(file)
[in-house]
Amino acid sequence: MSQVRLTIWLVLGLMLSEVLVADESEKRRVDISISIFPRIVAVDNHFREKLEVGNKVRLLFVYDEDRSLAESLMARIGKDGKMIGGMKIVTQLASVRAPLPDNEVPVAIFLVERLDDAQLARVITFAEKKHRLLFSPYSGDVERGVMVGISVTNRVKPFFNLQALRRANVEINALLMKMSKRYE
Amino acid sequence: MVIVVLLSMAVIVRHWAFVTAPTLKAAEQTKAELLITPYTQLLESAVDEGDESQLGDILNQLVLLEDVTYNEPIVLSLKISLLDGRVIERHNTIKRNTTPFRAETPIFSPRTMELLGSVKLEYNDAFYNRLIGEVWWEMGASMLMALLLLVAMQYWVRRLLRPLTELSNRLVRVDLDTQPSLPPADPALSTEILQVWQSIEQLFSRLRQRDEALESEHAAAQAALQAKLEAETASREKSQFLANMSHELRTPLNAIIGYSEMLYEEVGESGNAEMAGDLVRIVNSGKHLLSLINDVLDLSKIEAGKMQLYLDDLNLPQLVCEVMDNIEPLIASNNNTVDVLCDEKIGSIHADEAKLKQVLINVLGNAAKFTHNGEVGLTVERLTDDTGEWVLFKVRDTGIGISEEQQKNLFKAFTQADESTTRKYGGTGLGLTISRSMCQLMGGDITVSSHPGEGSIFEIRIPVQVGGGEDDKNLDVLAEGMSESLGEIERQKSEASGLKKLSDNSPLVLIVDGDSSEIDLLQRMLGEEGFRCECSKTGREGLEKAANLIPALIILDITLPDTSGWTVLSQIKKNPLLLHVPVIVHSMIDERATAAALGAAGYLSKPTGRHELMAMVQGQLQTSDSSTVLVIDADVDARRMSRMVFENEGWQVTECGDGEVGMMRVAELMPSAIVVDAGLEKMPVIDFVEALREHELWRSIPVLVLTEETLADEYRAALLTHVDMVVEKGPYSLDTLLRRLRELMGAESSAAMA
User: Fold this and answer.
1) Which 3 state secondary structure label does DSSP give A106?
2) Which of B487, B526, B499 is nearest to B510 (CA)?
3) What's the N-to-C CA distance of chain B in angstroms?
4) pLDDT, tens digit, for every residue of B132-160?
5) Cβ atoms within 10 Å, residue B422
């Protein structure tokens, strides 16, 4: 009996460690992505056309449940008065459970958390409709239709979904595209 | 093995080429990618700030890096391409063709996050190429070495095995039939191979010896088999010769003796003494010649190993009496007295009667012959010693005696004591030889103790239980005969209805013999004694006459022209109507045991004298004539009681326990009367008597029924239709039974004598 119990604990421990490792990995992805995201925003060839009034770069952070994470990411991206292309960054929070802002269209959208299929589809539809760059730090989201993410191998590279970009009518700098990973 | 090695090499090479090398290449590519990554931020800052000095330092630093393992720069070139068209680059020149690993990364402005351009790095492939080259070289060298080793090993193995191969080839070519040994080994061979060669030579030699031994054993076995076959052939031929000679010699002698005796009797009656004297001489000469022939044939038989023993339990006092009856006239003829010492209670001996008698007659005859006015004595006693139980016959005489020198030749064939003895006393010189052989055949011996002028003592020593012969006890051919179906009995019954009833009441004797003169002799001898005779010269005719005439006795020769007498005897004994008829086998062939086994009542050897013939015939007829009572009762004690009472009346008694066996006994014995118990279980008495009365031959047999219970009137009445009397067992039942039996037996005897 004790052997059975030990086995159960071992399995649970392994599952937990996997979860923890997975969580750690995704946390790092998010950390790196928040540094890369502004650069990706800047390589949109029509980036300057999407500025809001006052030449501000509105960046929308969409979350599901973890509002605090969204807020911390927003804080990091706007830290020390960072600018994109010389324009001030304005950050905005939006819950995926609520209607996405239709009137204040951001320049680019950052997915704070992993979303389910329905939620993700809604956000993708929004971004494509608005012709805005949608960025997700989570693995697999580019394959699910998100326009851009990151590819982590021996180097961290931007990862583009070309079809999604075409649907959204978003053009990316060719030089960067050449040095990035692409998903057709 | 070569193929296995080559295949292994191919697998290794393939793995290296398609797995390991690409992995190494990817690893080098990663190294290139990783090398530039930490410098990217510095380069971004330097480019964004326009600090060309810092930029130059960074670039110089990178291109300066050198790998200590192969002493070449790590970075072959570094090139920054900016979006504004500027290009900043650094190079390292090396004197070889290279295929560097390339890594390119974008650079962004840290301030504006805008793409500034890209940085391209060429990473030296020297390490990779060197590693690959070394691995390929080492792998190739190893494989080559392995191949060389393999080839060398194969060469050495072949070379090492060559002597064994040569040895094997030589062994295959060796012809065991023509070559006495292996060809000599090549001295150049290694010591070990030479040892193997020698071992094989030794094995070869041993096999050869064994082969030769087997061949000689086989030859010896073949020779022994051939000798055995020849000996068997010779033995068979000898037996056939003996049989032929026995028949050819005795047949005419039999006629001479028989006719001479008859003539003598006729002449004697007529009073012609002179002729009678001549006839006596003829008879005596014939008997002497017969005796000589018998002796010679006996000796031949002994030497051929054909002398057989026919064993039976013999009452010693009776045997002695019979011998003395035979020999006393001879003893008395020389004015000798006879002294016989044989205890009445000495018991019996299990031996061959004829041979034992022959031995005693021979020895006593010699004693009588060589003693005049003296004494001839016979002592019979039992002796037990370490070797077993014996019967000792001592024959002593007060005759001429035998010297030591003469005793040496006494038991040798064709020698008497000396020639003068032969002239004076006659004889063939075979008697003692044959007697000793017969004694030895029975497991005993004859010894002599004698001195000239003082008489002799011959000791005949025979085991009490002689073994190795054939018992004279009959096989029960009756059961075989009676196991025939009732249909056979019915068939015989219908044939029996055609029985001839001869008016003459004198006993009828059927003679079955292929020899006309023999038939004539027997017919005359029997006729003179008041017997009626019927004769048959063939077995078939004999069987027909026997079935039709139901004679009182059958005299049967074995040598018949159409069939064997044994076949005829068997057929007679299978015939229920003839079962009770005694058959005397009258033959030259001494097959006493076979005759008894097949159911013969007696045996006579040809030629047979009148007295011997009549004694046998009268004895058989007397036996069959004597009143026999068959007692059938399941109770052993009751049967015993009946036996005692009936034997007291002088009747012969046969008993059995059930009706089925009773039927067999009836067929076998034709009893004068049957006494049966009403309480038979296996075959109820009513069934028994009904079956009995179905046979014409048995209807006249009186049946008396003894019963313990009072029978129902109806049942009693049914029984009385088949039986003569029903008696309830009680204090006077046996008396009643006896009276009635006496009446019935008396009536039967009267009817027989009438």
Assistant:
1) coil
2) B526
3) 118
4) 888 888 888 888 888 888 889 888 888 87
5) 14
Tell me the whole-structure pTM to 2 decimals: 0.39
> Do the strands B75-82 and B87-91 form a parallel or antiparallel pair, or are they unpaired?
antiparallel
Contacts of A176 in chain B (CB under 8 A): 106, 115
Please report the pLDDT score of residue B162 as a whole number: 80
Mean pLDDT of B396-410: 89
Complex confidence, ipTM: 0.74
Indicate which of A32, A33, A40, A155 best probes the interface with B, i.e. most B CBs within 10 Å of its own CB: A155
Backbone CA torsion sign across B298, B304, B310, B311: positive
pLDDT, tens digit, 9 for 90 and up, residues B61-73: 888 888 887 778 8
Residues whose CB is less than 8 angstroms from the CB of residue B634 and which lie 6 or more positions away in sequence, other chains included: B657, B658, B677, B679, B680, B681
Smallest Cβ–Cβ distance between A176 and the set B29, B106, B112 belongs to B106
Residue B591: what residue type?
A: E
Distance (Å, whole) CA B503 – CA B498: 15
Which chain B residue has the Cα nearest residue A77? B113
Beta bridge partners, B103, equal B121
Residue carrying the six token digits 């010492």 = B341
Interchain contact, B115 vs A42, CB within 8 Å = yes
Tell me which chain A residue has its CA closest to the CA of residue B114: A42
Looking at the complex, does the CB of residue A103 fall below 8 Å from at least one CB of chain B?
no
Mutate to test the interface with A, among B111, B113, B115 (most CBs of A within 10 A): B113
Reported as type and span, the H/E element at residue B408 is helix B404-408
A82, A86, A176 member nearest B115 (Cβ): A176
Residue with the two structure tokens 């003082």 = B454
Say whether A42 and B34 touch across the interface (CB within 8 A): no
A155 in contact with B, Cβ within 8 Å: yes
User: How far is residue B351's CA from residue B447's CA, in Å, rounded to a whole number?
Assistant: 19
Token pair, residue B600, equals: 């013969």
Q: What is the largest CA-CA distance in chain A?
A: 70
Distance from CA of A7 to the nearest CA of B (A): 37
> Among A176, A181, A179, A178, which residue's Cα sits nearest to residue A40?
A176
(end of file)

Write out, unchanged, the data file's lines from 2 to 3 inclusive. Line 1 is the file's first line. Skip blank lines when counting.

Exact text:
Amino acid sequence: MSQVRLTIWLVLGLMLSEVLVADESEKRRVDISISIFPRIVAVDNHFREKLEVGNKVRLLFVYDEDRSLAESLMARIGKDGKMIGGMKIVTQLASVRAPLPDNEVPVAIFLVERLDDAQLARVITFAEKKHRLLFSPYSGDVERGVMVGISVTNRVKPFFNLQALRRANVEINALLMKMSKRYE
Amino acid sequence: MVIVVLLSMAVIVRHWAFVTAPTLKAAEQTKAELLITPYTQLLESAVDEGDESQLGDILNQLVLLEDVTYNEPIVLSLKISLLDGRVIERHNTIKRNTTPFRAETPIFSPRTMELLGSVKLEYNDAFYNRLIGEVWWEMGASMLMALLLLVAMQYWVRRLLRPLTELSNRLVRVDLDTQPSLPPADPALSTEILQVWQSIEQLFSRLRQRDEALESEHAAAQAALQAKLEAETASREKSQFLANMSHELRTPLNAIIGYSEMLYEEVGESGNAEMAGDLVRIVNSGKHLLSLINDVLDLSKIEAGKMQLYLDDLNLPQLVCEVMDNIEPLIASNNNTVDVLCDEKIGSIHADEAKLKQVLINVLGNAAKFTHNGEVGLTVERLTDDTGEWVLFKVRDTGIGISEEQQKNLFKAFTQADESTTRKYGGTGLGLTISRSMCQLMGGDITVSSHPGEGSIFEIRIPVQVGGGEDDKNLDVLAEGMSESLGEIERQKSEASGLKKLSDNSPLVLIVDGDSSEIDLLQRMLGEEGFRCECSKTGREGLEKAANLIPALIILDITLPDTSGWTVLSQIKKNPLLLHVPVIVHSMIDERATAAALGAAGYLSKPTGRHELMAMVQGQLQTSDSSTVLVIDADVDARRMSRMVFENEGWQVTECGDGEVGMMRVAELMPSAIVVDAGLEKMPVIDFVEALREHELWRSIPVLVLTEETLADEYRAALLTHVDMVVEKGPYSLDTLLRRLRELMGAESSAAMA